Discussion in 'Edwardian Fashion' started by Leigh Anthony Ross, Dec 21, 2003.
I'm curious to know what men, women and children wore as underwear in 1912????
A quick perusal of the National Cloak & Suit Catalog of the early 1900's shows advertisements for "drawers, chemises, corsets, petticoats, princess slips, camisoles, cotton vests and union suits."
Men wore flannel or linen boxers, undershirts of flannel or cotton, and in winter those awful woolly things - union suits I think they were called, which had a panel for - shall we say - "necessity."
Some very elegant men of course wore silk underthings - boxers, night shirts, robes. The Broadway producer Flo Ziegfeld had a partiality for silky underclothes, according to his wife Billie Burke. She said he was very fastidious about his underwear and night clothes - one would imagine he would have been since he spent so much time bed-hopping with his "Follies" stars! Poor Billie.
As for the ladies: They wore corsets made of cord or silk in white or colors; corset covers or chemises in light, gauzy fabrics and usually trimmed in lace and ribbon; underdrawers or "knickers" (which reached to the knees) or else what was called a "combination" which was just what the word implies - a chemise and knickers in one.
By the 1910s, women were wearing brassieres. These actually went OVER the corset and reached all the way to the waist! Because of the fashion for very narrow skirts, petticoats (in the old sense of ruffled, fluffy things) were quite "out" in 1912, having been replaced by the new-fangled straight slip. But many women wore no slip at all. In fact, in a "hobble skirt" - the most extreme version of the scant skirt fashion - it was impossible to wear anything under it but underdrawers (and even these had to be quite tight or else one would get unsightly bulges!)
Women also wore cotton, lisle or silk stockings, held by garters. Sometimes these attached to the bottom of the corset which extended down over the hips.
I'm thinking women would have had an awkward time of it using the bathroom while wearing the "combinations" you mention.
Merry Xmas Tracy,
Yes, the combinations could be a problem there unless they had an "access" panel!
what about burlap underwear?
Wasnt that the rage back then?
Burlap??? Sounds...itchy! I doubt the fad lasted for long if it existed at all.
I think Tarn was pulling our collective legs with the burlap reference.
I think you are right, Tracy. My fashion suggestion to Tarn is to try on a pair of burlap knickers. They're just the thing he needs to ... bring him up to scratch.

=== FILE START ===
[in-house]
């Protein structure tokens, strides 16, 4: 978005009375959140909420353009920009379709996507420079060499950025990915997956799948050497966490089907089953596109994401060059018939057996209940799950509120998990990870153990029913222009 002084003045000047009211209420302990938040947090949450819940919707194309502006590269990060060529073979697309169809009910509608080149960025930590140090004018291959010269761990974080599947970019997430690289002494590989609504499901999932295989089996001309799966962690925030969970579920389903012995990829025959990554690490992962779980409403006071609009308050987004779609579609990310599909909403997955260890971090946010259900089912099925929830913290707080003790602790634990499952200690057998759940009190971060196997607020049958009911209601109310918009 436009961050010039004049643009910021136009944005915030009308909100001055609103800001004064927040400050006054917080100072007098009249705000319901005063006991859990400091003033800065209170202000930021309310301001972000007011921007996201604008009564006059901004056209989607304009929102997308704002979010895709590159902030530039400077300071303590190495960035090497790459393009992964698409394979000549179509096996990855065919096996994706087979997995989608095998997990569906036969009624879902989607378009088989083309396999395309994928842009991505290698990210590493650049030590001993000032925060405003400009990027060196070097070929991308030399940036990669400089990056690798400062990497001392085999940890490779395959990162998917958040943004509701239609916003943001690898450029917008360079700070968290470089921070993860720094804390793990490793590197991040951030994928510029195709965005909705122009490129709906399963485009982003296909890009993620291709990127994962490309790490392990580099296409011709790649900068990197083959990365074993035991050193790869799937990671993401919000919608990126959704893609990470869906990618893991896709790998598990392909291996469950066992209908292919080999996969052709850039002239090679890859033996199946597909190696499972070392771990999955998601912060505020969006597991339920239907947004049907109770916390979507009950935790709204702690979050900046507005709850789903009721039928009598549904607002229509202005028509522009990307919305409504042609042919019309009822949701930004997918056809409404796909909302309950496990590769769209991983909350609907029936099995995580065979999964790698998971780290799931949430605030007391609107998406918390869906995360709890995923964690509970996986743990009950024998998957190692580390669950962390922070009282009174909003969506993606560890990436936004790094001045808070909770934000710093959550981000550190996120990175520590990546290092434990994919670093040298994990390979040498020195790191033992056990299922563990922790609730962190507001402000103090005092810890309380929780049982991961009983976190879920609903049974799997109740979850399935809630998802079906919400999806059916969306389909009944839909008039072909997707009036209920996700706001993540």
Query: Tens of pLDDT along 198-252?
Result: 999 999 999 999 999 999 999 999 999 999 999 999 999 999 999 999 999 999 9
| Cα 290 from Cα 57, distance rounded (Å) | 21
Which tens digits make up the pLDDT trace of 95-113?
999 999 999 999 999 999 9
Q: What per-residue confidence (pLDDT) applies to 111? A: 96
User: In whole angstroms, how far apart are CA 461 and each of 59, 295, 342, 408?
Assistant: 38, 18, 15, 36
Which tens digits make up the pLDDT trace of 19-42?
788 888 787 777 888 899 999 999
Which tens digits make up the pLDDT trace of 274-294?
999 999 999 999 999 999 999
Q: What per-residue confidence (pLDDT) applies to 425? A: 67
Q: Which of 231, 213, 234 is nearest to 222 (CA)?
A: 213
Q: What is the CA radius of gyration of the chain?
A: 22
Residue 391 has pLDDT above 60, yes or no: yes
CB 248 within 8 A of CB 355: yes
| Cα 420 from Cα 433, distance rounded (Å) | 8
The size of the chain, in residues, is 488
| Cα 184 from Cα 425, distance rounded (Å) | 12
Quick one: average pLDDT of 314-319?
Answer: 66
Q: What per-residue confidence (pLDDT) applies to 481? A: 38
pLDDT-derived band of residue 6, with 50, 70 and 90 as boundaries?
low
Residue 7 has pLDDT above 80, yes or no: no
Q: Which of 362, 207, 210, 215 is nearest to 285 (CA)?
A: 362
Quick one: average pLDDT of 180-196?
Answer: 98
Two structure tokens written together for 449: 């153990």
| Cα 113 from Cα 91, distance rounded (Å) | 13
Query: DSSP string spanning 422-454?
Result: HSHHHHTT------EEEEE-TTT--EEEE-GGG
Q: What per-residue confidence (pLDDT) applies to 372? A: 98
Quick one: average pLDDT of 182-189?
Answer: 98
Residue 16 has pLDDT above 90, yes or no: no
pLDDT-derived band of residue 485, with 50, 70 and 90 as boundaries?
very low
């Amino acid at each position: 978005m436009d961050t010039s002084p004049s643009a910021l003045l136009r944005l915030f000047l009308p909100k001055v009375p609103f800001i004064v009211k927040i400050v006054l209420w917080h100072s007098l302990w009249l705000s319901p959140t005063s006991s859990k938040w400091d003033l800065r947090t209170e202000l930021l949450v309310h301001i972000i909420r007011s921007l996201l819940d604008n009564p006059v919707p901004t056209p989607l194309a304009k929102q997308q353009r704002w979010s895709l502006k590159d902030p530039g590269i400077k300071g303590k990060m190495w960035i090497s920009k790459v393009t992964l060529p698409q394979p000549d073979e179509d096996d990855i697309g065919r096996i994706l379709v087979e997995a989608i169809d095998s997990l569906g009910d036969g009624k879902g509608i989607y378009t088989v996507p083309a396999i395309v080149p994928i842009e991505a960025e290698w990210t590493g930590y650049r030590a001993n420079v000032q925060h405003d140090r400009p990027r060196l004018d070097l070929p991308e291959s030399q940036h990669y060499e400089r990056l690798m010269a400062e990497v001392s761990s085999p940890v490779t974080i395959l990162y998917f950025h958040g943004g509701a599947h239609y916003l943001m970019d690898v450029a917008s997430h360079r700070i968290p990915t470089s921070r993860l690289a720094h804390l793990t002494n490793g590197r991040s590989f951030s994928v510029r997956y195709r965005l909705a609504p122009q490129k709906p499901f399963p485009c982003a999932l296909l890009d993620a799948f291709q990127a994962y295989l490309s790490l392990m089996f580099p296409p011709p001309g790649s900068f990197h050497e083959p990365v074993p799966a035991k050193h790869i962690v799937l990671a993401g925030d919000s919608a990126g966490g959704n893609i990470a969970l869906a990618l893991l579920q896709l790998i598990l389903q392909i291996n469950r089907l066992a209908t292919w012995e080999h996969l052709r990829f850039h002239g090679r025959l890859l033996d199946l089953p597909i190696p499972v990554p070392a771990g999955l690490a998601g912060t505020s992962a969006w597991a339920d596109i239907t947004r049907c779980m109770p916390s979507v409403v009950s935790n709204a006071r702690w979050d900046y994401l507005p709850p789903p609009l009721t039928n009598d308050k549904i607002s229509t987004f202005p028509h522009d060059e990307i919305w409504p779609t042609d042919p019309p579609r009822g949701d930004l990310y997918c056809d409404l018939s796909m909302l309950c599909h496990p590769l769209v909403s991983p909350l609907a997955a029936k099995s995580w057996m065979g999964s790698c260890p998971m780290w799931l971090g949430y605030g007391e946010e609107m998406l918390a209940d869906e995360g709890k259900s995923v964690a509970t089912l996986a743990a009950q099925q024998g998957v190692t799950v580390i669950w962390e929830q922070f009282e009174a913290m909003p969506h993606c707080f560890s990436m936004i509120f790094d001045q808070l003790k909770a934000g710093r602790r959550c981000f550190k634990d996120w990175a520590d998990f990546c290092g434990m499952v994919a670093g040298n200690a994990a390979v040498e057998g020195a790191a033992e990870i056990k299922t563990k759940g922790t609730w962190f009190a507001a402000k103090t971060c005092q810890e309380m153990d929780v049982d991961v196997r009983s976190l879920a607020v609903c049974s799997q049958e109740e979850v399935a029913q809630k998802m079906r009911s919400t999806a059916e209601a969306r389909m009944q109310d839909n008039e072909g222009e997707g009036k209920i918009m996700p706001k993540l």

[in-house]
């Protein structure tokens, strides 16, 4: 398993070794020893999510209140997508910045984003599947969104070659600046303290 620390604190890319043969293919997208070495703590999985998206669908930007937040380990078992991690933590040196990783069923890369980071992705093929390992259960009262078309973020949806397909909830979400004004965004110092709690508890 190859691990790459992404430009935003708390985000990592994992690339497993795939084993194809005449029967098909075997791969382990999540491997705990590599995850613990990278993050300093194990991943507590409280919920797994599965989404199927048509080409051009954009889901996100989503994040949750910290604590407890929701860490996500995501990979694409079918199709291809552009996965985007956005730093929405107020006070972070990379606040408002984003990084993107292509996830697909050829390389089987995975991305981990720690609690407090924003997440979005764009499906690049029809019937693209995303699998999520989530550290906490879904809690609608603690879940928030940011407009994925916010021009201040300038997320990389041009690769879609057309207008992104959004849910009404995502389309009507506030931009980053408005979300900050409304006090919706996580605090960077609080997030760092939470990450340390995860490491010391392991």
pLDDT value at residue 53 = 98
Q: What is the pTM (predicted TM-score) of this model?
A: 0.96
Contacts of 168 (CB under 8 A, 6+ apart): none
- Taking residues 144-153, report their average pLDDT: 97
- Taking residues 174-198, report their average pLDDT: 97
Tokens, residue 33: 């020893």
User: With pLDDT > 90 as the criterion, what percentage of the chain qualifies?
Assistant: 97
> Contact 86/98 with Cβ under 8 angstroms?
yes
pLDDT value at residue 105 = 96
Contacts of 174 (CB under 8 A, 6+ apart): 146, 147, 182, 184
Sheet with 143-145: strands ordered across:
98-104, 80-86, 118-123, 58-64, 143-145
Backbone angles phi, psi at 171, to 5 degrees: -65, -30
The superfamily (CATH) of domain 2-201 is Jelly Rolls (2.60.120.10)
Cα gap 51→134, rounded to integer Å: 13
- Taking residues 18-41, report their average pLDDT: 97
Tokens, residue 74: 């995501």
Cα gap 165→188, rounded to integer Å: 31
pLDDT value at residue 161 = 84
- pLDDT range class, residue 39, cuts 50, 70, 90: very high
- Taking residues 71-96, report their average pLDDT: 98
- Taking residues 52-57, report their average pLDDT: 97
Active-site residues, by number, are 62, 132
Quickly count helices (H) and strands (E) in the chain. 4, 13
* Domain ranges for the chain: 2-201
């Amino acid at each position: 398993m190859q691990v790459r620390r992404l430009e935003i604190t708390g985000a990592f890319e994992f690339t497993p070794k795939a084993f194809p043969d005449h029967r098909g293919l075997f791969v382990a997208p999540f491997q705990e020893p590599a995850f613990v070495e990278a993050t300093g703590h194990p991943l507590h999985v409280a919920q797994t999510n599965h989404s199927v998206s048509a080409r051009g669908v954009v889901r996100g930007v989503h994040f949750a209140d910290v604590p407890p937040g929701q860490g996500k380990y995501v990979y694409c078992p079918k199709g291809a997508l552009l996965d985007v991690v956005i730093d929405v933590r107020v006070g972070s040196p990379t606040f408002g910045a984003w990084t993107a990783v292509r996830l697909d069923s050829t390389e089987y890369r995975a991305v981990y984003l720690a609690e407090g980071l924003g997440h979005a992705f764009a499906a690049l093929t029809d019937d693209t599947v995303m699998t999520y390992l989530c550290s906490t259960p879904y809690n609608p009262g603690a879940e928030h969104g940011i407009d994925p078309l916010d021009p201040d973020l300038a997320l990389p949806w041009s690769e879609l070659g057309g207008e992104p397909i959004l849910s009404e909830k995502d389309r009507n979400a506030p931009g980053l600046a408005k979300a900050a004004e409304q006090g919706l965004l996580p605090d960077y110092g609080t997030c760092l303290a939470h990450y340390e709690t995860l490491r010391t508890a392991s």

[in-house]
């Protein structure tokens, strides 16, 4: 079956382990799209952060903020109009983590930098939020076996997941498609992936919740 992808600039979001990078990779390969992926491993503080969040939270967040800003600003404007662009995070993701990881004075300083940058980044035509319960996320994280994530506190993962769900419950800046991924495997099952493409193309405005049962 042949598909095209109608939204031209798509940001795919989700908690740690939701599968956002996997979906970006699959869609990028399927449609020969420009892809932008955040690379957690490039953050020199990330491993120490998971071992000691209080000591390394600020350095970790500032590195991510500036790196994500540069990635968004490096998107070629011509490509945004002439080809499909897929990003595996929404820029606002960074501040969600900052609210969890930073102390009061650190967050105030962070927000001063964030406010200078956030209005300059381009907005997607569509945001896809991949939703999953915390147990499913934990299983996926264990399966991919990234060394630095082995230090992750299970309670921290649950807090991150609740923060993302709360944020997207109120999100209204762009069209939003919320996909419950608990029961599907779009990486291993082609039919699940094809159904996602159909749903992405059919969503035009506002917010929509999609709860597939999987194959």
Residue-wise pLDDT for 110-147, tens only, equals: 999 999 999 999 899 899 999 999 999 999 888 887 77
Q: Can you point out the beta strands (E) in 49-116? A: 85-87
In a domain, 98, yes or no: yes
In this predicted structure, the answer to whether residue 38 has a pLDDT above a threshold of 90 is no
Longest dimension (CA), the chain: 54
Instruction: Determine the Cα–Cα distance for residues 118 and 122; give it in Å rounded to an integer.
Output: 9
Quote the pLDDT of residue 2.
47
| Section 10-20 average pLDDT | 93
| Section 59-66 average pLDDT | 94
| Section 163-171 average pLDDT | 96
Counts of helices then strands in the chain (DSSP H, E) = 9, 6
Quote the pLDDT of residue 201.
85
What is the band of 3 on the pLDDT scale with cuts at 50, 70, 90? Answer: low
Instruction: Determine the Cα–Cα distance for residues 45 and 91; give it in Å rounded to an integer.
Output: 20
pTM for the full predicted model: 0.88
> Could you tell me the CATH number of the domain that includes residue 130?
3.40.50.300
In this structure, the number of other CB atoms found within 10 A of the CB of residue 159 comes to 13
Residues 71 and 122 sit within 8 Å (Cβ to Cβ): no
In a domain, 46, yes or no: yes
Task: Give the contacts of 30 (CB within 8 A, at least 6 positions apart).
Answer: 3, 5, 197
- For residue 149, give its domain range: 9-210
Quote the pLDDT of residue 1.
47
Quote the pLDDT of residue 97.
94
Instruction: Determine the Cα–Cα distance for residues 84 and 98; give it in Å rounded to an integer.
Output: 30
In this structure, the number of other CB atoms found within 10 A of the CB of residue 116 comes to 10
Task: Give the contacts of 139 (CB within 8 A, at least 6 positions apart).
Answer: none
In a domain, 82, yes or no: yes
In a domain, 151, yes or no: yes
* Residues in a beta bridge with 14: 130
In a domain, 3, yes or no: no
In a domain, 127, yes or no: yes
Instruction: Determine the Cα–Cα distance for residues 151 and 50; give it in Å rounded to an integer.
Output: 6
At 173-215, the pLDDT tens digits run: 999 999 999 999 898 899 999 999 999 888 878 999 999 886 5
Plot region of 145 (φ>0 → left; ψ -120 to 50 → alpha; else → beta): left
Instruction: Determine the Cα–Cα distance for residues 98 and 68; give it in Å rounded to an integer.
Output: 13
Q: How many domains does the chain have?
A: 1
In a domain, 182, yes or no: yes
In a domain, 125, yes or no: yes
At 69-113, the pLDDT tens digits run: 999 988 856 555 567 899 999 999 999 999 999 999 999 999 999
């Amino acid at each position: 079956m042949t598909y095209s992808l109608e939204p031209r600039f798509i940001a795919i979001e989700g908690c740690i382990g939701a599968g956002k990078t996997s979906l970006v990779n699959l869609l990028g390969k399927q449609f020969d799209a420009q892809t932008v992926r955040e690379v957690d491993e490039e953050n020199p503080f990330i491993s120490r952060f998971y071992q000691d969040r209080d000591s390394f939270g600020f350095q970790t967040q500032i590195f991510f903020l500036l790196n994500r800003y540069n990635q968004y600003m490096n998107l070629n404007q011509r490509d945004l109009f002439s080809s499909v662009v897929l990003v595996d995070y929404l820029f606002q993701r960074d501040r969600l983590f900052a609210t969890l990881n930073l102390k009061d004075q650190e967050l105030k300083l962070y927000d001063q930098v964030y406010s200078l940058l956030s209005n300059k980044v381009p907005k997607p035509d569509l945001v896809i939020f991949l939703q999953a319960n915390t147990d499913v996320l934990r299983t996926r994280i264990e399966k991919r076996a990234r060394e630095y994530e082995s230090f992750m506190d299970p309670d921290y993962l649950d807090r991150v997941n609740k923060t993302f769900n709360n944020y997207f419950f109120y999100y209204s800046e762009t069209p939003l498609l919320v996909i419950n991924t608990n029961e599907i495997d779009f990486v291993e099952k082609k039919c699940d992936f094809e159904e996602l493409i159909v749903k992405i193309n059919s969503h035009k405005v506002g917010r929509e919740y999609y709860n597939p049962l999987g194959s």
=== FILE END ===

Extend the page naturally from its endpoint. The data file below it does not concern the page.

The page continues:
>>They're just the thing he needs to ... bring him up to scratch.<<
I just can't imagine Lady Duff strutting in a pair of Victoria Secret pink lace bikini panties...
Michael A. Cundiff
Michael Cundiff wrote: "I just can't imagine Lady Duff strutting in a pair of Victoria Secret pink lace bikini panties..."
Ah, come on Michael, admit it. You've been fantasizing about that for years.
You betcha Randy...for what it's worth my ex, oh how I hate that word :-( one wife that was...
...bears similar resembleance to a younger Miss Gordon. And pink is her...uh my favorite ;-)
BTW Randy, my ex's don't live in TEXAS...
Michael A. Cundiff
Hey, dont knock burlap underwear, its great, especially on hot days.....
Its beats barbed wire thongs, thats for sure...
I'm almost in pain contemplating the idea of a barbed wire wedgie.
Michael wrote: "BTW Randy, my ex's don't live in TEXAS..."
I guess I'm better off knowing that but ain't real sure, hoss. Anyhow, 'wish I could say the same about my ex's!
And Tarn, your S&M underwear fetish is getting kind of scary.
This 1912 lass is proud of her natural beauty. Indeed, why worry about underwear when one has such a lovely hat!
Children wore liberty bodices, both boys and girls. It was a thick short-sleeved vest, sort of padded, with rubber buttons. They were still around in the late 1950s and, as a small child, I was forced into one to keep me warm. Life was much colder then I admit, but I hated it - little fingers trying to do up the rubber buttons in a bathroom with ice on the inside of the windows .... brrr. This link from a museum in Leicester shows nearly every kind of underwear you can think of.
A bit like this poster girl in a Philip Steer painting, 'The Black Hat', from "The Edwardians: Secrets and Desires" exhibition touring Oz:
One really should be mindful of one's accessories, such as shoes, gloves and HATS. All else is apparently a bit secondary...!
Haha, when discussing burlap undergarments and barbed-wire thongs, do not forget the all-time famous historical fashion: Scottish highlanders wearing scratchy wool kilts without anything on underneath them in a climate which was cool and breezy. Now that's brave!
All joking aside, this is actually a very interesting thread. The everyday lives and routine things that people would do in different times throughout history are often overlooked. While underwear through time isn't usually the focus of my thoughts, I have often wondered about the details of everyday life that my relatives and ancestors lived with.
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